Monday, January 29, 2007
NBC4 in Washington DC, on January 29, 2007 discussed a new website that can check whether a social security number of credit card number has been compromised. The link is this. The name of the site is "stolenidsearch." The website has the NBC4 logo on it. The site reportedly looks beyond familiar sources like search engines into arcane resources on the Internet.
The website does urge the visitor to join its monitoring service, although checking a SSN or credit card number is itself free.
Again, I believe that the practice of diligently checking registered preferred addresses (as with NCOA) would do much more to prevent these problems.
Saturday, January 27, 2007
CNN broadcast a major one hour documentary (by Drew Griffin) on this problem on Saturday, Jan. 27, 2007, going into detail with several major schemes used against banks. Much of this is associated with overseas and "Nigerian" activities. Nigeria is said to have very poor financial control laws.
Most of these schemes would not work if banks rigorously checked addresses against a secured NCOA system. Banks have started more address verification of their "security deposit" credit cards for people with poor credit histories.
The program also described fraud in Texas using fake notary stamps and also mailbox addresses. Notary stamps could certainly be more carefully controlled, and mailbox addresses (usually used by people to protect residential privacy, itself a legitimate purpose) could be more secure with a more secure NCOA system from the USPS (requiring a major systems development effort), as described in previous posts.
Many white collar crooks described in this report sounded sociopathic, and claimed they were just "making a living" in a competitive world (what David Callahan calls "The Cheating Culture"). Ideas of right and wrong seem to go bye-bye. One young white collar criminal in prison was very insistent that little could be done to stop people like him, although many of us would strongly disagree.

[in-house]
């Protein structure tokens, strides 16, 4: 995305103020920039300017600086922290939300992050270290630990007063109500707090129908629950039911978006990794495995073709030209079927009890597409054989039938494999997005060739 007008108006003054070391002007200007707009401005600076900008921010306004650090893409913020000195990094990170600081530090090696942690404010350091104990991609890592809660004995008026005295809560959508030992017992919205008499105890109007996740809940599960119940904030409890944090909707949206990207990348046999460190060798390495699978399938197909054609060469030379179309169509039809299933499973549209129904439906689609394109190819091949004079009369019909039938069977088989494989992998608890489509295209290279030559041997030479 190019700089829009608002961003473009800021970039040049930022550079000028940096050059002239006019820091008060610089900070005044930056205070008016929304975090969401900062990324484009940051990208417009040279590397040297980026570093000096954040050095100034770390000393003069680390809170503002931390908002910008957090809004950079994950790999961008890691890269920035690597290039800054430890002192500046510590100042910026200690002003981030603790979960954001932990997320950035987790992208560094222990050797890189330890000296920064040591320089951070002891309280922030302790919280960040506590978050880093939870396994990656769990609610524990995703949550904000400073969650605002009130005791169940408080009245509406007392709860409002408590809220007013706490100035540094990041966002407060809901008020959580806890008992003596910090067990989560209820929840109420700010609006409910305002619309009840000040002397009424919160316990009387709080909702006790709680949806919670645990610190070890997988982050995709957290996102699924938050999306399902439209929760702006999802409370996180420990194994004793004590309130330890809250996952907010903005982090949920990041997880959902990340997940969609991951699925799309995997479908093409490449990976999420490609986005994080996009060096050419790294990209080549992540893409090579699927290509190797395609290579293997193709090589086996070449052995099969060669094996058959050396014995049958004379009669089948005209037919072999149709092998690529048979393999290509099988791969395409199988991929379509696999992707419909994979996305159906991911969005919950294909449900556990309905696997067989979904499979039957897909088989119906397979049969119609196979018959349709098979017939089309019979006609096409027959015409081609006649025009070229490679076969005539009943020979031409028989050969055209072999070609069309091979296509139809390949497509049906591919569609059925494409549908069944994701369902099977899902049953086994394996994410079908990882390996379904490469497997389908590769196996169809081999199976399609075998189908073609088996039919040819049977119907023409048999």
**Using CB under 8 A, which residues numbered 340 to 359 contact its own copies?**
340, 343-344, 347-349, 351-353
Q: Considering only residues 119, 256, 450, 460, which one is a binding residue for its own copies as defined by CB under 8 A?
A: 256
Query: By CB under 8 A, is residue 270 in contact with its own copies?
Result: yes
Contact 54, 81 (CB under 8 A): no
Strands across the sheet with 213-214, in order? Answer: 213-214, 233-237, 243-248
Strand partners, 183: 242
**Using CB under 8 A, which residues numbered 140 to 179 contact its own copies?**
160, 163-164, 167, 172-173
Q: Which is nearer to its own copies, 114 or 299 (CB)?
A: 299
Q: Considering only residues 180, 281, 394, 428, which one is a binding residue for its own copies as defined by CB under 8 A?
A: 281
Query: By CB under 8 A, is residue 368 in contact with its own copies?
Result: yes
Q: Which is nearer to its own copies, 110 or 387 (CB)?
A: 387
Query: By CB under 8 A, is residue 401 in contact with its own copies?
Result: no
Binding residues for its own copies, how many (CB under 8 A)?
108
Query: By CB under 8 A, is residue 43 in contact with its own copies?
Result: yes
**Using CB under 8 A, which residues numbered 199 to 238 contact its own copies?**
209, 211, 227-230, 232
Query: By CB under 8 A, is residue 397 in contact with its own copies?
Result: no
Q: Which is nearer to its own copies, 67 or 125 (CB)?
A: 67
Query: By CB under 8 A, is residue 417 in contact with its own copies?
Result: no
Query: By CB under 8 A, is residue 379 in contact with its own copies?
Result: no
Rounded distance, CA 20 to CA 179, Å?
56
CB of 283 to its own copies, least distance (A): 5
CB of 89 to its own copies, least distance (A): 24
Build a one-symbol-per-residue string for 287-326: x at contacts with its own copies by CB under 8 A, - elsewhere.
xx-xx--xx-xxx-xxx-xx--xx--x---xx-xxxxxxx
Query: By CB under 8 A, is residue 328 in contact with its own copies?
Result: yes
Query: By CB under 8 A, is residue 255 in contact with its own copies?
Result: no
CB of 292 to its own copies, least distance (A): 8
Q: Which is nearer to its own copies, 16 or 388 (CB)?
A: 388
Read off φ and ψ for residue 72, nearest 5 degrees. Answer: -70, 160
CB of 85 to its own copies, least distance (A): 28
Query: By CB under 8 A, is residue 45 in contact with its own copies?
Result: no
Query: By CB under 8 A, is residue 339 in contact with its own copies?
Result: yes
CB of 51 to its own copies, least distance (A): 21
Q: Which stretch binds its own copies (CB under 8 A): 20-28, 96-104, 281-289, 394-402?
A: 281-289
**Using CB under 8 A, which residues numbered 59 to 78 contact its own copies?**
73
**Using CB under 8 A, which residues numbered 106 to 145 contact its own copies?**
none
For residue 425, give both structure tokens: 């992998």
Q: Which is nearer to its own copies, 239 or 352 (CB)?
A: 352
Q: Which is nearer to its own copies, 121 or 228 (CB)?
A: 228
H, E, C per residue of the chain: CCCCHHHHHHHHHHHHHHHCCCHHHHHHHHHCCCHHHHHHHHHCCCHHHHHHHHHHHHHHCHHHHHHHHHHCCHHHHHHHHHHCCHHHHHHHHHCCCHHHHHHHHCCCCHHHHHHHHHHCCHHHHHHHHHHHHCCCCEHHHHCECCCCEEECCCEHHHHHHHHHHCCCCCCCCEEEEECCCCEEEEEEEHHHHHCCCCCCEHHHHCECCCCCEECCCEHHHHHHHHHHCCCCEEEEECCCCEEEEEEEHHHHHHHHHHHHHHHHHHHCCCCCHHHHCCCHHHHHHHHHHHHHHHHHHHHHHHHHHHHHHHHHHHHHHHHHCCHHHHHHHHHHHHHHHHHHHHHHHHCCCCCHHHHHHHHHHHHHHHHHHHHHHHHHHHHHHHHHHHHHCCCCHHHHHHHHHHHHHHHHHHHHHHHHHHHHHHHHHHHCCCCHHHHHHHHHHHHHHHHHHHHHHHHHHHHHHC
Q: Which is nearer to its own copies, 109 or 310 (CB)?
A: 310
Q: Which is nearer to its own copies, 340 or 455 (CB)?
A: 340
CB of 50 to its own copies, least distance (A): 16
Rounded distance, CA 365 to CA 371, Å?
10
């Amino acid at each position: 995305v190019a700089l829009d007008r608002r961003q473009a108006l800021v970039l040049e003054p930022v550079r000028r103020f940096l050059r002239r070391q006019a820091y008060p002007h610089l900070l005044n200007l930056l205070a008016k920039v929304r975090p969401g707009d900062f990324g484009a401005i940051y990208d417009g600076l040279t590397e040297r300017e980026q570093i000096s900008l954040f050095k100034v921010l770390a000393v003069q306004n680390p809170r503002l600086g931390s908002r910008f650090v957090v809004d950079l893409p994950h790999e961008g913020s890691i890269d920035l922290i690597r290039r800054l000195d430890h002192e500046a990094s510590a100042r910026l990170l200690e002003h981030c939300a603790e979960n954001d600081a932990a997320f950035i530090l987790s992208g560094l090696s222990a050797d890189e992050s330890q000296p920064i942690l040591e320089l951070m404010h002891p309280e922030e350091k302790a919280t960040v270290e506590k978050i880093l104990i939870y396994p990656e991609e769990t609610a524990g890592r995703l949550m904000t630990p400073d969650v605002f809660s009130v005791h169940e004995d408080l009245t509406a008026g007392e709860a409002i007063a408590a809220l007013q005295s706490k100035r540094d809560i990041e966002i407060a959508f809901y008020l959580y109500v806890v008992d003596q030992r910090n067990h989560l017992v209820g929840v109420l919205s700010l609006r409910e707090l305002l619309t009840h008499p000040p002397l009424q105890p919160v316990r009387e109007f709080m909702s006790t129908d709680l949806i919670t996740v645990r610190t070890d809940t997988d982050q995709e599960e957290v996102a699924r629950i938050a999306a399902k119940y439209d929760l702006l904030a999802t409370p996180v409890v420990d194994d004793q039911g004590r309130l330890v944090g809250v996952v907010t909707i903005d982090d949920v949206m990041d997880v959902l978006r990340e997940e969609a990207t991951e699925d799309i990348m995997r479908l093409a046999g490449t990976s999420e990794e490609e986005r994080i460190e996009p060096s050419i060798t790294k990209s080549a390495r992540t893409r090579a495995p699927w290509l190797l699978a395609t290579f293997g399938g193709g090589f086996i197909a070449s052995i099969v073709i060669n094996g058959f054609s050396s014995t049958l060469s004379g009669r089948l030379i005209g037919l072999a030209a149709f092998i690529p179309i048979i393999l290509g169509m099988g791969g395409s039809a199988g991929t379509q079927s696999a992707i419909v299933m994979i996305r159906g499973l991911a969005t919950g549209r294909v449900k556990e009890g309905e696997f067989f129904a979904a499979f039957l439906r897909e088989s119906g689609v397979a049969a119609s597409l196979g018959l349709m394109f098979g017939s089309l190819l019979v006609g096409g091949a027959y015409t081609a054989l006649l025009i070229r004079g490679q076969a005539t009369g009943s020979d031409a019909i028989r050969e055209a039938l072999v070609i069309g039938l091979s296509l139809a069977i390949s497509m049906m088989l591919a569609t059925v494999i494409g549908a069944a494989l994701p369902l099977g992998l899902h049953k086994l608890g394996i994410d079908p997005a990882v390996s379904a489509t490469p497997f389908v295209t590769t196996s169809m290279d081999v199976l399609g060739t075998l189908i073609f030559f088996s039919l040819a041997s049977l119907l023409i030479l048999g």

Banks are still free to share personal information with subsidiaries (unless the customer opts out) and have a lot more work to do with encryption.
There is more at this link.
Tuesday, January 02, 2007
Yesterday I had a sword drill in the issues confronting private information protection. I went to buy Lou Dobbs's new book "War on the Middle Class" from amazon on New Years Day, and I was, upon checkout, greeted with an invitation to get $30 credit if I would get an Amazon Visa card from Chase. Now I already have such a card (from AOL), but in my situation I cannot afford to pass up $30 free books and DVDs, so I filled out the application. It seemed OK, although I could have added others to the account without their knowledge, it seemed. On employment, it seemed to accept being retired as long as you named the company you had retired from. It took about 45 seconds to approve, and did issue a card with a $1000 limit. I hope that the low limit is just a precaution (until I establish bill payment history on the card), and not an indication of a problem that I don't know about. (The free credit reports in September were OK, was were the FICO and Vantage scores.)
Could such convenient credit and freebie offers work in an environment that requires a grantor to perform due diligence and check with a beefed-up NCOA (National Change of Address)? For very small amounts of credit, this would be OK, as long as confirmed by a mailing to the NCOA address within 72 hours to let the person know a new card was taken out in his/her name.